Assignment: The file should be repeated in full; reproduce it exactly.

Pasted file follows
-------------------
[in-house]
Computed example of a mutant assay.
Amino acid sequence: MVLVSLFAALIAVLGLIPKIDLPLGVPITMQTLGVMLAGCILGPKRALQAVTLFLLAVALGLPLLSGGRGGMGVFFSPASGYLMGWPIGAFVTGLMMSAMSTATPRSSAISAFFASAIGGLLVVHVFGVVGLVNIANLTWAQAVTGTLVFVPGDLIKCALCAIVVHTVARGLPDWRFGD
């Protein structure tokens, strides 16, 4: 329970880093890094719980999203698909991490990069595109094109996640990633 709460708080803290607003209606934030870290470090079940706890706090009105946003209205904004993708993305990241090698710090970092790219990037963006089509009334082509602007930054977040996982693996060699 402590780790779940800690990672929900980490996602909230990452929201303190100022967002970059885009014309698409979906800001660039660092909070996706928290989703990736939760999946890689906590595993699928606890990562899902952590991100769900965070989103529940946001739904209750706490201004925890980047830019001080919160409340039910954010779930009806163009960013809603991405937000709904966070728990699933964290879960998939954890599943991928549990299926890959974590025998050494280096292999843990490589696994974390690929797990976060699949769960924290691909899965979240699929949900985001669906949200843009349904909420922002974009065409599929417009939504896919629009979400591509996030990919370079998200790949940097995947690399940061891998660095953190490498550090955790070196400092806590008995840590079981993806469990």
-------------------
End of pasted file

[in-house]
Computed example of a mutant assay.
Amino acid sequence: MVLVSLFAALIAVLGLIPKIDLPLGVPITMQTLGVMLAGCILGPKRALQAVTLFLLAVALGLPLLSGGRGGMGVFFSPASGYLMGWPIGAFVTGLMMSAMSTATPRSSAISAFFASAIGGLLVVHVFGVVGLVNIANLTWAQAVTGTLVFVPGDLIKCALCAIVVHTVARGLPDWRFGD
């Protein structure tokens, strides 16, 4: 329970880093890094719980999203698909991490990069595109094109996640990633 709460708080803290607003209606934030870290470090079940706890706090009105946003209205904004993708993305990241090698710090970092790219990037963006089509009334082509602007930054977040996982693996060699 402590780790779940800690990672929900980490996602909230990452929201303190100022967002970059885009014309698409979906800001660039660092909070996706928290989703990736939760999946890689906590595993699928606890990562899902952590991100769900965070989103529940946001739904209750706490201004925890980047830019001080919160409340039910954010779930009806163009960013809603991405937000709904966070728990699933964290879960998939954890599943991928549990299926890959974590025998050494280096292999843990490589696994974390690929797990976060699949769960924290691909899965979240699929949900985001669906949200843009349904909420922002974009065409599929417009939504896919629009979400591509996030990919370079998200790949940097995947690399940061891998660095953190490498550090955790070196400092806590008995840590079981993806469990």